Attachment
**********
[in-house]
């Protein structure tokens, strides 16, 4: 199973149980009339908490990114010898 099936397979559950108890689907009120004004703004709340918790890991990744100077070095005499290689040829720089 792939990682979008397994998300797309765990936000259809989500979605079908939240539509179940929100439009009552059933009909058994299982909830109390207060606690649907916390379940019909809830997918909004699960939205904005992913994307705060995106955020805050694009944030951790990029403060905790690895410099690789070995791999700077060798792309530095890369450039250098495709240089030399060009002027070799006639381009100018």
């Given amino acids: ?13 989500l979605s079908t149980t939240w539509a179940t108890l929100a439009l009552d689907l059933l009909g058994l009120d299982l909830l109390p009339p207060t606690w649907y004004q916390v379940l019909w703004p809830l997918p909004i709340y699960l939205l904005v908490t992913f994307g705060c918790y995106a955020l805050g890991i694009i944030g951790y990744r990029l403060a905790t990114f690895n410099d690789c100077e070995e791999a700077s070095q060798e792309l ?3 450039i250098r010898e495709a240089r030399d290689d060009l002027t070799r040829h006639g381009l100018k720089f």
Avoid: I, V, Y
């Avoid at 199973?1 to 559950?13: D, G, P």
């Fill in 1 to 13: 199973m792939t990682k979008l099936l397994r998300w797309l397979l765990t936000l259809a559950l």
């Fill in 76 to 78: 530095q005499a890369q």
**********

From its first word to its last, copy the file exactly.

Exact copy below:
[in-house]
């Protein structure tokens, strides 16, 4: 199973149980009339908490990114010898 099936397979559950108890689907009120004004703004709340918790890991990744100077070095005499290689040829720089 792939990682979008397994998300797309765990936000259809989500979605079908939240539509179940929100439009009552059933009909058994299982909830109390207060606690649907916390379940019909809830997918909004699960939205904005992913994307705060995106955020805050694009944030951790990029403060905790690895410099690789070995791999700077060798792309530095890369450039250098495709240089030399060009002027070799006639381009100018």
């Given amino acids: ?13 989500l979605s079908t149980t939240w539509a179940t108890l929100a439009l009552d689907l059933l009909g058994l009120d299982l909830l109390p009339p207060t606690w649907y004004q916390v379940l019909w703004p809830l997918p909004i709340y699960l939205l904005v908490t992913f994307g705060c918790y995106a955020l805050g890991i694009i944030g951790y990744r990029l403060a905790t990114f690895n410099d690789c100077e070995e791999a700077s070095q060798e792309l ?3 450039i250098r010898e495709a240089r030399d290689d060009l002027t070799r040829h006639g381009l100018k720089f």
Avoid: I, V, Y
């Avoid at 199973?1 to 559950?13: D, G, P």
């Fill in 1 to 13: 199973m792939t990682k979008l099936l397994r998300w797309l397979l765990t936000l259809a559950l």
């Fill in 76 to 78: 530095q005499a890369q």